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May 26, 2008 | by  | in Opinion | [ssba]

President’s Column

Dear Salient,

At Graduation on May 16th I wore a t-shirt emblazoned “I (Heart) My Penis”. This T-Shirt is concerned with a campaign run by both VUWSA and the students association of Massey Wellington, it is about raising awareness of the shockingly low levels of male sexual health checks.

On leaving the ceremony I was approached by hundreds of students/ parents/ grandparents who were interested in the aims and goals of the campaign. The level of support and encouragement for the campaign itself was something that I took strongly to heart.

That people were offended by this t-shirt, is sad, I did not mean to offend any members of the audience, I didn’t consider the word penis to be “obscene”, I find it worrying that it could be seen in that light. It was a serious t-shirt about a serious issue, namely men’s sexual health.

To those who are offended on behalf of people they assume to be offended or think should be offended. I find that attitude condescending and patronising. If people choose to be offended at the mention of a term like “penis”. That is their choice. That people choose to be offended on behalf of others without reference to whom they are acting on behalf for or why, I find insulting that others feel that they can make broad sweeping statements and usurp the potential offendee’s ability to communicate any displeasure or pleasure at my actions themselves directly to me.

I thought, with Wonder Woman collecting her BTeach, or the woman who turned her thesis into a pink corset, or the music students playing TV themes as graduates walked across stage, that there would be no issue with my t-shirt, as it was not a joke or meant as a laugh like the above situations. That it could be discussed in that manner is worrying.

As I have said on national television. I am sorry to any who are offended by the slogan “I (Heart) My Penis”.

What’s Involved in Being a Conscience of Society.

In the grand words as defined in s162(4)(a) and s162(4)(b)(iii) of the Education Act 1989

Universities have all of the following characteristics and other tertiary institutions have one or more of those characteristics:

They are primarily concerned with advanced learning, the principal aim being to develop intellectual independence: Their research and teaching are closely interdependent and most of their teaching is done by people who are active in advancing knowledge: They meet international standards of teaching and research: They are a repository of knowledge and expertise; They accept a role as critic and conscience of society.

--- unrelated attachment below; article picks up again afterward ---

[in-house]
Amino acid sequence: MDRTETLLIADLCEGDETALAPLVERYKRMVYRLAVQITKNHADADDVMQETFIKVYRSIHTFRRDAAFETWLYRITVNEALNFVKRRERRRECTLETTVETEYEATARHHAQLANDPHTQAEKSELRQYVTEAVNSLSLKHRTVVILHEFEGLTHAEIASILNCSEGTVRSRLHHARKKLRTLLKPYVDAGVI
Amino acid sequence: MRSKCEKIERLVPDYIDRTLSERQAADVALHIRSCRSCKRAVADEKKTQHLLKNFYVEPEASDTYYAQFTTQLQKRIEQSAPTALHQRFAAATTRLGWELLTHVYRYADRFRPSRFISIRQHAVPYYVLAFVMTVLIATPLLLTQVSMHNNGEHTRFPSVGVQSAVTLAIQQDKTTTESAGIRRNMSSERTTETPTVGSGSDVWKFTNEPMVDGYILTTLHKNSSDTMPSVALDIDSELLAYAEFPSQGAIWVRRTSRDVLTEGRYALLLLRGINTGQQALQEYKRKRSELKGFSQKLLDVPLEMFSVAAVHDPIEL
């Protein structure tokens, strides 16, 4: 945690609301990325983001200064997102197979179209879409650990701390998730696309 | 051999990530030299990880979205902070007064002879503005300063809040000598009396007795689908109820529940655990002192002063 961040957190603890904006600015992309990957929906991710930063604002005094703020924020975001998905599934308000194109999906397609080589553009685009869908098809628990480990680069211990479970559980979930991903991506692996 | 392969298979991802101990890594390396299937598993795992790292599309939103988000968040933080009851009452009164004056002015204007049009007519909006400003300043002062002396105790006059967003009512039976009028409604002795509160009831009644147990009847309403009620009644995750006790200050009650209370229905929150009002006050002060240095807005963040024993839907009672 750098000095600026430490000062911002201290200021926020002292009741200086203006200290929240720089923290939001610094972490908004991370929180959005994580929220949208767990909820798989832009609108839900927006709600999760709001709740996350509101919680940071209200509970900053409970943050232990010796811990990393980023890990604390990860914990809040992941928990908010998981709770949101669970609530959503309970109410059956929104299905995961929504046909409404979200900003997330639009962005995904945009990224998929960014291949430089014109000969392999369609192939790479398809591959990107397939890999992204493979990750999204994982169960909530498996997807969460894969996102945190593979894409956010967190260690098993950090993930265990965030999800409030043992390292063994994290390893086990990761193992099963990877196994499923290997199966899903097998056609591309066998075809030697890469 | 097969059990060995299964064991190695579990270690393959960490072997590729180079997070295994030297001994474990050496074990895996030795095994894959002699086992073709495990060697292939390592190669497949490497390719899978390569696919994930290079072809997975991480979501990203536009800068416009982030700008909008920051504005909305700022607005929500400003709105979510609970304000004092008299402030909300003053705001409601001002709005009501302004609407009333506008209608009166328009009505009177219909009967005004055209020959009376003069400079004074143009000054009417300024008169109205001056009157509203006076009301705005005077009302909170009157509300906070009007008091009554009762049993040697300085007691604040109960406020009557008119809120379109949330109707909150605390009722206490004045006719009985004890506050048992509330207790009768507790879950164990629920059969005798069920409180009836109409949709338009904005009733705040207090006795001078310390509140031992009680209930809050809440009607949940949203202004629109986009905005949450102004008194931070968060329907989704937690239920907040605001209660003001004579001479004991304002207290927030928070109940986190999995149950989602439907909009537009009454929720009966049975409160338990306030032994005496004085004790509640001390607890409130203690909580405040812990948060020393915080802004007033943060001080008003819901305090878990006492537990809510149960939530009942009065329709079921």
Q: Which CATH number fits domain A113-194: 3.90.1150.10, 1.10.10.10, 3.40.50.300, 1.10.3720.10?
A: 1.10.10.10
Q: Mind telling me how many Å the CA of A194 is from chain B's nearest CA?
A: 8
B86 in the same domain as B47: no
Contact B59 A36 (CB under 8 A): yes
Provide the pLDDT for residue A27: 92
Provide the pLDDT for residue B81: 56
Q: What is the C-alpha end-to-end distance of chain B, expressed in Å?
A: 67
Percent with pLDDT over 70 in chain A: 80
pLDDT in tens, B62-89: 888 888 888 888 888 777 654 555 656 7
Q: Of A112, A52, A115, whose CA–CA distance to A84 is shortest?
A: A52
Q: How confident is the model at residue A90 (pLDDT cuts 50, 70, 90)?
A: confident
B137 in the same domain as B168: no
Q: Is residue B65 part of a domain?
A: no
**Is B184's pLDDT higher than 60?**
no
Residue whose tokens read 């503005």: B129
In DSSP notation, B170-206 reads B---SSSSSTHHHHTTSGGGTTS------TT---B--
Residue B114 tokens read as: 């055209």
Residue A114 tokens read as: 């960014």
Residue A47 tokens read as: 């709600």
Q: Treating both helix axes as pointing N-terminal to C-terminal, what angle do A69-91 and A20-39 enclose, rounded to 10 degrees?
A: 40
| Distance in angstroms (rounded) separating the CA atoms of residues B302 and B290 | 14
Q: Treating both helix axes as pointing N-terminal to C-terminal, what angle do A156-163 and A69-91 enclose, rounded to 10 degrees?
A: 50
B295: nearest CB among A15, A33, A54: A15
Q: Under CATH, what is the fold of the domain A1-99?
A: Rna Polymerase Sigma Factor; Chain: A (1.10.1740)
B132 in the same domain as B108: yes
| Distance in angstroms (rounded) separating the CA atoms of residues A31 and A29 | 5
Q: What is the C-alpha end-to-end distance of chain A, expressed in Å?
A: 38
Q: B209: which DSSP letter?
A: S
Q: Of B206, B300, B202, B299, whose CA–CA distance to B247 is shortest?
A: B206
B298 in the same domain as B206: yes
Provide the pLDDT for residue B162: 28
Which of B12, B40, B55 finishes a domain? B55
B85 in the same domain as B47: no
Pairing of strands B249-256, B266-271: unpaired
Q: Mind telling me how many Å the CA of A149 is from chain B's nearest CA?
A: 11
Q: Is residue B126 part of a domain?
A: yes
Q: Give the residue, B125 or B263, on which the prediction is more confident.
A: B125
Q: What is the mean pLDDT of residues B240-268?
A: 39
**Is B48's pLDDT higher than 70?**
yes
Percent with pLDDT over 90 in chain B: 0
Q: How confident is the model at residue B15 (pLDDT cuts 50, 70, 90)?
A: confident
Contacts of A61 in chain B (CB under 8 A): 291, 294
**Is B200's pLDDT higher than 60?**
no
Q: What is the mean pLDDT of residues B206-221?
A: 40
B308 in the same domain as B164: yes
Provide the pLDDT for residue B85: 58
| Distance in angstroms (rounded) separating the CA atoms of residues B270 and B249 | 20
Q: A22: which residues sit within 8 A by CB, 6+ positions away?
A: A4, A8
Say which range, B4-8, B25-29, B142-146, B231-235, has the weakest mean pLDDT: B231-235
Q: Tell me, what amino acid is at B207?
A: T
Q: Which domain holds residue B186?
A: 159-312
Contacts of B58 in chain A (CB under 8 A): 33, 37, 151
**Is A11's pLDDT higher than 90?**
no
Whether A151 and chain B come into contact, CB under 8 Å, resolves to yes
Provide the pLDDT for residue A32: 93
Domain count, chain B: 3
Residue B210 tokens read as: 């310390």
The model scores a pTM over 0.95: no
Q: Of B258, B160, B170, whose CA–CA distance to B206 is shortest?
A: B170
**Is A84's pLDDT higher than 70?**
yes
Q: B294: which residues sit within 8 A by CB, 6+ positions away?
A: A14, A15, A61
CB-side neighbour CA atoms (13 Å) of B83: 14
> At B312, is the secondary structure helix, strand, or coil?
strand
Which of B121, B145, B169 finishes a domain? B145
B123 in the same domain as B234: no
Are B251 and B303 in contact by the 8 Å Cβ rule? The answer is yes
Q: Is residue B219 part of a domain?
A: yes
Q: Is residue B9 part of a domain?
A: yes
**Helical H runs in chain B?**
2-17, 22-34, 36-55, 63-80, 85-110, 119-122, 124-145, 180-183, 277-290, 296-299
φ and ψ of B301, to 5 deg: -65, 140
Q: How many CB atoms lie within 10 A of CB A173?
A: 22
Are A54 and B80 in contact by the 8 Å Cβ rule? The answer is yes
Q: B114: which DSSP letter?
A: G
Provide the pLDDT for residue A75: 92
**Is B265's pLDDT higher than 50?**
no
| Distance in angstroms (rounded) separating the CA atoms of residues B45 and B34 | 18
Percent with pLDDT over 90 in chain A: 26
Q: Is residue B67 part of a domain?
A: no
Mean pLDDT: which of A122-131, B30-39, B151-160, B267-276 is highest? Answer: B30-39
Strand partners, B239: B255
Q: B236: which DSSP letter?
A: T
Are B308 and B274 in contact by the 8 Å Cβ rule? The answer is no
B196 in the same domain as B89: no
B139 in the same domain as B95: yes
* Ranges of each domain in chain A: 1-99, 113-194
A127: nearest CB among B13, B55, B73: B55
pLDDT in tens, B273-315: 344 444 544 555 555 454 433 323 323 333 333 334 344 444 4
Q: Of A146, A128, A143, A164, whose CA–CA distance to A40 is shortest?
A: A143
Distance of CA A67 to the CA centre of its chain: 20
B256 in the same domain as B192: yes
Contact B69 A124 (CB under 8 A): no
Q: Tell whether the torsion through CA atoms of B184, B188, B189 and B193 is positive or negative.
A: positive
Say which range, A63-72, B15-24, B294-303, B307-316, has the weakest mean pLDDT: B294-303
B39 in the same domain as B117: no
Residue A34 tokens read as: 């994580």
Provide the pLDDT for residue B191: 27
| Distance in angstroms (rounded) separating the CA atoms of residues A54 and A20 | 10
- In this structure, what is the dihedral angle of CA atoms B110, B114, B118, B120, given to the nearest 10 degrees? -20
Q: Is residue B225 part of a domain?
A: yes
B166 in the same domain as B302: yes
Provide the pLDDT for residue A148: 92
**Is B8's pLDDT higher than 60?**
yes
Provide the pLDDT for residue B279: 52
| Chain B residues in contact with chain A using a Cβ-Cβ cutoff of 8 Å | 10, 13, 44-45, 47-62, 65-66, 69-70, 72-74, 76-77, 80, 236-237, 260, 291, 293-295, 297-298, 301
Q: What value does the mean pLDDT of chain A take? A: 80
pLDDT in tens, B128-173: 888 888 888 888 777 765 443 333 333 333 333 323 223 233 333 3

The University makes a big hullabaloo about this statement “critic and conscience of society”. It is regularly brought up as an article of faith. This is something that the University positions as a reason for its existence and its intellectual license on government money.

In its mission statement the University states that “We will participate actively in our local community and play our part as critic and conscience of society”. This is the University that has built a high-rise accommodation block on Boyd-Wilson field, this is the University that when faced with a command from the council to cut two stories off the building. The Uni cut out the social space allocated for students. The University has spat in the face of local residents. That is not the conscience of society.

The University called in a change proposal on the Film School, that had no academic or rational basis, only some vague threatening human relations lines. It was placed onto staff and students, with an embarrassing proposed level of token involvement. Many students left the film school, or stayed away altogether. Students were the losers in this. Film was the loser in this. Yet the University stated that the fundamental deconstruction of the Film School had nothing to do with students and treated them like that. That is not a conscience of society.

Right now the University is clamping down on the Teaching College. This is in the creation of a $1.8 million deficit on the college and the forcing through the cutting of 29 academic staff jobs. They even have the gall to claim that their cuts will improve student outcomes. The University has a proven track record of not acting in the benefit of either students, staff or the wider community. That is not the actions of a conscience of society.